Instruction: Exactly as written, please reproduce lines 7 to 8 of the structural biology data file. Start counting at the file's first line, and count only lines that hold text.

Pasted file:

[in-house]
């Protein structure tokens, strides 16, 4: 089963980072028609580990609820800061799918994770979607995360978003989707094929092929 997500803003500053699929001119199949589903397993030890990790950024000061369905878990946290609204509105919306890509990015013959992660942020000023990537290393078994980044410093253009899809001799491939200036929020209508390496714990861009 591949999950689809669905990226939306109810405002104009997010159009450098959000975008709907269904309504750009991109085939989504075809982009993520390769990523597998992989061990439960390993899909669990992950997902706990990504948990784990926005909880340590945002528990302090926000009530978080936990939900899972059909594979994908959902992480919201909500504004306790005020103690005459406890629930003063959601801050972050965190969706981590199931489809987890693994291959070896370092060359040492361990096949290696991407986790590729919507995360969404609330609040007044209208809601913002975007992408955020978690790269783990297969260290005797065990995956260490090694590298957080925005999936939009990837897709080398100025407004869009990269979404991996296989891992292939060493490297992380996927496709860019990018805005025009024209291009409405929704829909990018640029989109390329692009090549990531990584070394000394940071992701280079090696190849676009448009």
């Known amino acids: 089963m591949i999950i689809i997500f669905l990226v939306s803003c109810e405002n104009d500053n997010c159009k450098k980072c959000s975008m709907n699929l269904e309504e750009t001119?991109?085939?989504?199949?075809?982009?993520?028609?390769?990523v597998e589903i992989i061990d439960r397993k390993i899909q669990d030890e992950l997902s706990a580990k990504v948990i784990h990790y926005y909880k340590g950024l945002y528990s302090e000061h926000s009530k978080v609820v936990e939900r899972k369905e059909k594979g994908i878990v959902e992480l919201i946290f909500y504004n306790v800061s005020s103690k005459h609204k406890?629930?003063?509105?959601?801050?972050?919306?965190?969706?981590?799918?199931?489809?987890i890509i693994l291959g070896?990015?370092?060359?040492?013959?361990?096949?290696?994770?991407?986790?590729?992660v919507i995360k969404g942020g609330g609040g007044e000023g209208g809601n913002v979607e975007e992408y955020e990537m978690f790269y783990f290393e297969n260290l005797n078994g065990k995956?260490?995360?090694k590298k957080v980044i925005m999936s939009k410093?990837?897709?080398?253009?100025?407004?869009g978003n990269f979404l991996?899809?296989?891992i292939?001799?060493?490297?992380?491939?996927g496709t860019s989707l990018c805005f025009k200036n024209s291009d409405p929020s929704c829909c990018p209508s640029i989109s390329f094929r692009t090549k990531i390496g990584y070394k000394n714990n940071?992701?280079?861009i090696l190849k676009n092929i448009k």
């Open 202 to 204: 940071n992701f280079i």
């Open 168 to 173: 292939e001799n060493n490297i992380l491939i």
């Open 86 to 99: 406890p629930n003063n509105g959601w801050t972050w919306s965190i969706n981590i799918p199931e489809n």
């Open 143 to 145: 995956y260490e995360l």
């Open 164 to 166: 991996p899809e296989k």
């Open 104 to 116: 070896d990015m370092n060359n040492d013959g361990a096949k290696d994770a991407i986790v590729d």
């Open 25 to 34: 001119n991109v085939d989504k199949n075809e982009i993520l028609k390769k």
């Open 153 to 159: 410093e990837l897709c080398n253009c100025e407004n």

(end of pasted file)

């Open 143 to 145: 995956y260490e995360l």
């Open 164 to 166: 991996p899809e296989k």